1102. Sexual Penetration With Person Under 18
The defendant is charged [in Count ______] with sexual penetration with a person who was under the age of 18.
To prove that the defendant is guilty of this crime, the People must prove that:
1. The defendant participated in an act of sexual penetration with another person;
2. The penetration was accomplished by using (a/an) (foreign object[,]/ [or] substance[,]/ [or] instrument[,]/ [or] device[,]/ [or] unknown object);
3. The other person was under the age of 18 years at the time of the act.
Sexual penetration means (penetration, however slight, of the genital or anal openings of another person/ [or] causing another person to penetrate, however slightly, the defendant's or someone else's genital or anal opening/ [or] causing the other person to penetrate, no matter how slightly, his or her own genital or anal opening) for the purpose of sexual abuse, arousal, or gratification.
[A foreign object, substance, instrument, or device includes any part of the body except a sexual organ.] [An unknown object includes any foreign object, substance, instrument, or device, or any part of the body, including a penis, if it is not known what object penetrated the opening.]
[Penetration for sexual abuse means penetration for the purpose of causing pain, injury, or discomfort.]
[It is not a defense that the other person may have consented to the act.]
[Under the law, a person becomes one year older as soon as the first minute of his or her birthday has begun.]
<Defense: Good Faith Belief 18 or Over>
[The defendant is not guilty of this crime if (he/she) reasonably and actually believed that the other person was age 18 or older. The People must prove beyond a reasonable doubt that the defendant did not reasonably and actually believe that the other person was at least 18 years old. If the People have not met this burden, you must find the defendant not guilty of this crime.]
The court has a sua sponte duty to give an instruction defining the elements of the crime.
Give the bracketed paragraph that begins with "It is not a defense that" on request, if there is evidence that the minor consented to the act. (See People v. Kemp (1934) 139 Cal.App. 48, 51 [34 P.2d 502].)
Give the bracketed paragraph about calculating age if requested. (Fam. Code, § 6500; In re Harris (1993) 5 Cal.4th 813, 849-850 [21 Cal.Rptr.2d 373, 855 P.2d 391].)
If there is sufficient evidence that the defendant reasonably and actually believed that the minor was age 18 or older, the court has a sua sponte duty to instruct on the defense. (See People v. Hernandez (1964) 61 Cal.2d 529, 535-536 [39 Cal.Rptr. 361, 393 P.2d 673]; People v. Winters (1966) 242 Cal.App.2d 711, 716 [51 Cal.Rptr. 735].)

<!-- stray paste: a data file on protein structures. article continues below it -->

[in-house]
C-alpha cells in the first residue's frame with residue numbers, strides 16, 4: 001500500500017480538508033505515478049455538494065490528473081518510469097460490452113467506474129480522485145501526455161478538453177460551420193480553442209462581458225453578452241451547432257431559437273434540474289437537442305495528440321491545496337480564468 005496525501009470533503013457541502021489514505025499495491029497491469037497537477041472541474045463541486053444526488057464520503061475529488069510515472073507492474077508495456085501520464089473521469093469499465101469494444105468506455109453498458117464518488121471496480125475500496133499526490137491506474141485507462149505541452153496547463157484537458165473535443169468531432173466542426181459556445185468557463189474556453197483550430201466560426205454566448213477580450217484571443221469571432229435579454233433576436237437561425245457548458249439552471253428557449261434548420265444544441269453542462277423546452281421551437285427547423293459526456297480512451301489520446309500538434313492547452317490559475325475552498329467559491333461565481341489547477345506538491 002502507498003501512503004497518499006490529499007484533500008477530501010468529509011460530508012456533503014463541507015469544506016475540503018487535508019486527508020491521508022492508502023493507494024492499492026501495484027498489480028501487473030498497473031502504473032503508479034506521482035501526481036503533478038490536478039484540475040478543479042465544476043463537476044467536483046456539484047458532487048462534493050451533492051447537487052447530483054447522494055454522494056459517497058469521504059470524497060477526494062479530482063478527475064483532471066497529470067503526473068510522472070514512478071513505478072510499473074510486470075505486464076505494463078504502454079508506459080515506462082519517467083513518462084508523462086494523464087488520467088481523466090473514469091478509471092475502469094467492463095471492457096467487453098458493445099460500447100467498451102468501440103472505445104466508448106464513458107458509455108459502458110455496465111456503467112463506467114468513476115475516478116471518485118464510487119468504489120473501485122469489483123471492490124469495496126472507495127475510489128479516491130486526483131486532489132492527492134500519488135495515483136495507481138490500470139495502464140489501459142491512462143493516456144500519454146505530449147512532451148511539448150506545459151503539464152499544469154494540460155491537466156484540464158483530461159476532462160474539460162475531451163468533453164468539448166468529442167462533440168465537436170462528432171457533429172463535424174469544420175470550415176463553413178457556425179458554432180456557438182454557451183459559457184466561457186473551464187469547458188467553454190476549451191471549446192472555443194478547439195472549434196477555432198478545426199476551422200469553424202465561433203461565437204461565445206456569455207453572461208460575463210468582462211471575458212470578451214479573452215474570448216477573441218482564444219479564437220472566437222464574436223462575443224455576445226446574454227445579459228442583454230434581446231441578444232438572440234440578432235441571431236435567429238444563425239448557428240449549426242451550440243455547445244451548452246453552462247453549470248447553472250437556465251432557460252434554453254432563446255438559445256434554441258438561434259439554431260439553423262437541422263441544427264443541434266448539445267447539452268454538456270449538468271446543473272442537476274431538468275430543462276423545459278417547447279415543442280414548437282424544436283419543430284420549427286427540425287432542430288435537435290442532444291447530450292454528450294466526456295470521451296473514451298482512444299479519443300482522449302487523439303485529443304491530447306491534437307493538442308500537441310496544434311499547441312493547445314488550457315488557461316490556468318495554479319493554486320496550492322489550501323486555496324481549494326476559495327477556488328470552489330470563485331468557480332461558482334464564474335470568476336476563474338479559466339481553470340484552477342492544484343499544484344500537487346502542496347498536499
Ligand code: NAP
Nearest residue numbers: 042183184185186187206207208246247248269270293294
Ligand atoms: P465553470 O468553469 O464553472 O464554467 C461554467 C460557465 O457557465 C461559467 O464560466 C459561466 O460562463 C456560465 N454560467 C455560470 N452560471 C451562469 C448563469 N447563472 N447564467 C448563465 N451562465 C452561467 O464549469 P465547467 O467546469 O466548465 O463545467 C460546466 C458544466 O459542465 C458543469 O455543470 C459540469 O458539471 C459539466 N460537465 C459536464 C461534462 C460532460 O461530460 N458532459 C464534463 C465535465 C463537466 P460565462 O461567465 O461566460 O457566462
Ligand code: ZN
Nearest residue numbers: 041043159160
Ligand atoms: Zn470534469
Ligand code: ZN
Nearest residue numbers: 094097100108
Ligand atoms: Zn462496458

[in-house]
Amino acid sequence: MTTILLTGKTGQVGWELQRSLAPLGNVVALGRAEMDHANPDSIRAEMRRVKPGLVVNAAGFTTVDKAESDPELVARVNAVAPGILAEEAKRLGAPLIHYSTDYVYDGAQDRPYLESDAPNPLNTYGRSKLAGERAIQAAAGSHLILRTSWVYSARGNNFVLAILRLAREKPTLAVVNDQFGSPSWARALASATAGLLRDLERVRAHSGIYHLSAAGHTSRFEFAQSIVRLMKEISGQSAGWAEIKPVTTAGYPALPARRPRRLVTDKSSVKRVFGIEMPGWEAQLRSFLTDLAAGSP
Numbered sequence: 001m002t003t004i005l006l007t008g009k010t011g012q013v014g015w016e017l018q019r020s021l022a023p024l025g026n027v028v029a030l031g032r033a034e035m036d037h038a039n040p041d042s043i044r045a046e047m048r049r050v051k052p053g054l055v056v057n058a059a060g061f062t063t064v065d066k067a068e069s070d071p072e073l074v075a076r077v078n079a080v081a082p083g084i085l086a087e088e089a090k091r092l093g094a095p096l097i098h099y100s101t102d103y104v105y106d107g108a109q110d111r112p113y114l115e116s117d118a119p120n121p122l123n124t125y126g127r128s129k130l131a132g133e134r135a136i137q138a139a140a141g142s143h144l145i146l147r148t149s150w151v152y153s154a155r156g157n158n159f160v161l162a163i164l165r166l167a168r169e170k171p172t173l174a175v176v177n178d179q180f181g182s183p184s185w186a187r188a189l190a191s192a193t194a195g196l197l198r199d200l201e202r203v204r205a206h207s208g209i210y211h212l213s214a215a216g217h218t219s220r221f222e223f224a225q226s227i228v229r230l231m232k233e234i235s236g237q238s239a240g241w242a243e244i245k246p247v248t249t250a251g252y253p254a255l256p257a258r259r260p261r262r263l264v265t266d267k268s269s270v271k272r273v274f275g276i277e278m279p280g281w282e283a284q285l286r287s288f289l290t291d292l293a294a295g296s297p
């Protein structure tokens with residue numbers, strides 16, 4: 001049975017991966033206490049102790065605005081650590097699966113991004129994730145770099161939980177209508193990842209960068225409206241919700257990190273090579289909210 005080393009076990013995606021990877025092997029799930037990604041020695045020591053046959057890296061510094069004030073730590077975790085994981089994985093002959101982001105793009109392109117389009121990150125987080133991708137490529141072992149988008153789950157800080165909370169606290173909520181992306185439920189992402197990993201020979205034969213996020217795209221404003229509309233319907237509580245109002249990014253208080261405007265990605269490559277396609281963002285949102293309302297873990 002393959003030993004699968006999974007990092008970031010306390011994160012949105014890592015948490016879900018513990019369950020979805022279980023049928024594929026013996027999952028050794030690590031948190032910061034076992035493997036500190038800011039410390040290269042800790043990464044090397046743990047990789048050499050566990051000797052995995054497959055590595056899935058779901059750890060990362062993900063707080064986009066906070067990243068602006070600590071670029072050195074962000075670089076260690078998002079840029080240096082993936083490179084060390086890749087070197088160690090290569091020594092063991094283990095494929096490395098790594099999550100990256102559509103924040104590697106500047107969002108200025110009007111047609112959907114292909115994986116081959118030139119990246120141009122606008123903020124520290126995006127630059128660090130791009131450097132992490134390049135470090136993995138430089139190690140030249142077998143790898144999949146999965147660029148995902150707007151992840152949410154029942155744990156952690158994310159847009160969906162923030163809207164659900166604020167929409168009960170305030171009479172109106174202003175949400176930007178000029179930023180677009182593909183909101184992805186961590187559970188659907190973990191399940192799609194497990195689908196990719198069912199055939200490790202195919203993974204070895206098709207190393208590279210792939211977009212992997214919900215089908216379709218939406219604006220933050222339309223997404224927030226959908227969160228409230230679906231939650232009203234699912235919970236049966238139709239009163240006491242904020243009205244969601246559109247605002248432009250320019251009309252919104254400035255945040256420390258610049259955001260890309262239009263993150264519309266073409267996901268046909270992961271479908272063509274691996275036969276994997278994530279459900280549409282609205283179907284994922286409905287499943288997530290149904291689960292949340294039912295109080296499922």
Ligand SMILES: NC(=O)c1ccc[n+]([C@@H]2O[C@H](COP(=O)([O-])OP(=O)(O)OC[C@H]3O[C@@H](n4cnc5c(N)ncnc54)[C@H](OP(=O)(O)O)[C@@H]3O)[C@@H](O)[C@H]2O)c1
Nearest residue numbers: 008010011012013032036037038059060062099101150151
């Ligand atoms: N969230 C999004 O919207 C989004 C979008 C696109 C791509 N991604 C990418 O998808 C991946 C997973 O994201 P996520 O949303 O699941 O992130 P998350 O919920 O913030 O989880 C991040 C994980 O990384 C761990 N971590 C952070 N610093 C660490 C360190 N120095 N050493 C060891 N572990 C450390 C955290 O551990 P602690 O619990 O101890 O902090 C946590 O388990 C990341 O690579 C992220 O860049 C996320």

Elements. Pen. Code, § 289(h).
Foreign Object, Substance, Instrument, or Device Defined. Pen. Code, § 289(k)(2); People v. Wilcox (1986) 177 Cal.App.3d 715, 717 [223 Cal.Rptr. 170] [a finger is a "foreign object"].
Sexual Penetration Defined. Pen. Code, § 289(k)(1); see People v. Quintana (2001) 89 Cal.App.4th 1362, 1371 [108 Cal.Rptr.2d 235] [penetration of genital opening refers to penetration of labia majora, not the vagina].
Unknown Object Defined. Pen. Code, § 289(k)(3).
Minor's Consent Not a Defense. People v. Kemp (1934) 139 Cal.App. 48, 51 [34 P.2d 502] [in context of statutory rape].
Mistake of Fact Regarding Age. See People v. Hernandez (1964) 61 Cal.2d 529, 535-536 [39 Cal.Rptr. 361, 393 P.2d 673] [in context of statutory rape]; People v. Peterson (1981) 126 Cal.App.3d 396, 397 [178 Cal.Rptr. 734] [in context of oral copulation with minor].
Sexual Abuse Defined. People v. White (1986) 179 Cal.App.3d 193, 205-206 [224 Cal.Rptr. 467].
1 Witkin & Epstein, California Criminal Law (3d ed. 2000) Defenses, § 46.
2 Witkin & Epstein, California Criminal Law (3d ed. 2000) Sex Offenses and Crimes Against Decency, §§ 47, 48.
6 Millman, Sevilla & Tarlow, California Criminal Defense Practice, Ch. 142, Crimes Against the Person, §§ 142.20[d], [b], 142.23 (Matthew Bender).
Lesser Included Offenses
Attempted Sexual Penetration With Minor. Pen. Code, §§ 664, 289(h).
In a prosecution under Penal Code section 289(a), one court has held that forcible self-penetration comes within the ambit of the statute. (People v. Keeney (1994) 24 Cal.App.4th 886, 889 [29 Cal.Rptr.2d 451].) Keeney was construing Penal Code section 289(k)(1). Section 289(h), governing penetration with a minor, requires that the perpetrator "participate in [the] act." Until this issue is clarified by the appellate courts, the definition of self-penetration in this instruction excludes forcible self-penetration.
See the Related Issues section under CALCRIM No. 1070, Unlawful Sexual Intercourse: Defendant 21 or Older, and CALCRIM No. 1071, Unlawful Sexual Intercourse: Minor More Than Three Years Younger.
(New January 2006)